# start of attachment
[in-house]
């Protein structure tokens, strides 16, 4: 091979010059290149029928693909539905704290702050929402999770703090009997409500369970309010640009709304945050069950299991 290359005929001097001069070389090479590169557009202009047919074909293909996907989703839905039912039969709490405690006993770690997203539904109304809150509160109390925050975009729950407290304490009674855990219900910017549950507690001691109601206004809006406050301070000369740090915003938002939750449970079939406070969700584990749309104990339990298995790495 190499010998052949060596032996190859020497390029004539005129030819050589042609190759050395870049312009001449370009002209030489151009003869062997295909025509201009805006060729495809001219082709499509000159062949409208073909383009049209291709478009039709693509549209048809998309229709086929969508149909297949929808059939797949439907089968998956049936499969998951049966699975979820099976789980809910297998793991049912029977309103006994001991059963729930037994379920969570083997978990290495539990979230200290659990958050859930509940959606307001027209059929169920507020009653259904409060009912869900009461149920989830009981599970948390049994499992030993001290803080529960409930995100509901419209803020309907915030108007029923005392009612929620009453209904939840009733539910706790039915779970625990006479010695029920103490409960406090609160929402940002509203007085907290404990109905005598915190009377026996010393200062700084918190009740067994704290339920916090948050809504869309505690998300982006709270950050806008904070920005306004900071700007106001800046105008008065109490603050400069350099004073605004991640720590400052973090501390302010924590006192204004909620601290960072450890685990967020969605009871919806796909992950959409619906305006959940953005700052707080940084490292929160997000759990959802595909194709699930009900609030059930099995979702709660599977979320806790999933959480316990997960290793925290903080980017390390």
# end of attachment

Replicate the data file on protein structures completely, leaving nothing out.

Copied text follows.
[in-house]
């Protein structure tokens, strides 16, 4: 091979010059290149029928693909539905704290702050929402999770703090009997409500369970309010640009709304945050069950299991 290359005929001097001069070389090479590169557009202009047919074909293909996907989703839905039912039969709490405690006993770690997203539904109304809150509160109390925050975009729950407290304490009674855990219900910017549950507690001691109601206004809006406050301070000369740090915003938002939750449970079939406070969700584990749309104990339990298995790495 190499010998052949060596032996190859020497390029004539005129030819050589042609190759050395870049312009001449370009002209030489151009003869062997295909025509201009805006060729495809001219082709499509000159062949409208073909383009049209291709478009039709693509549209048809998309229709086929969508149909297949929808059939797949439907089968998956049936499969998951049966699975979820099976789980809910297998793991049912029977309103006994001991059963729930037994379920969570083997978990290495539990979230200290659990958050859930509940959606307001027209059929169920507020009653259904409060009912869900009461149920989830009981599970948390049994499992030993001290803080529960409930995100509901419209803020309907915030108007029923005392009612929620009453209904939840009733539910706790039915779970625990006479010695029920103490409960406090609160929402940002509203007085907290404990109905005598915190009377026996010393200062700084918190009740067994704290339920916090948050809504869309505690998300982006709270950050806008904070920005306004900071700007106001800046105008008065109490603050400069350099004073605004991640720590400052973090501390302010924590006192204004909620601290960072450890685990967020969605009871919806796909992950959409619906305006959940953005700052707080940084490292929160997000759990959802595909194709699930009900609030059930099995979702709660599977979320806790999933959480316990997960290793925290903080980017390390």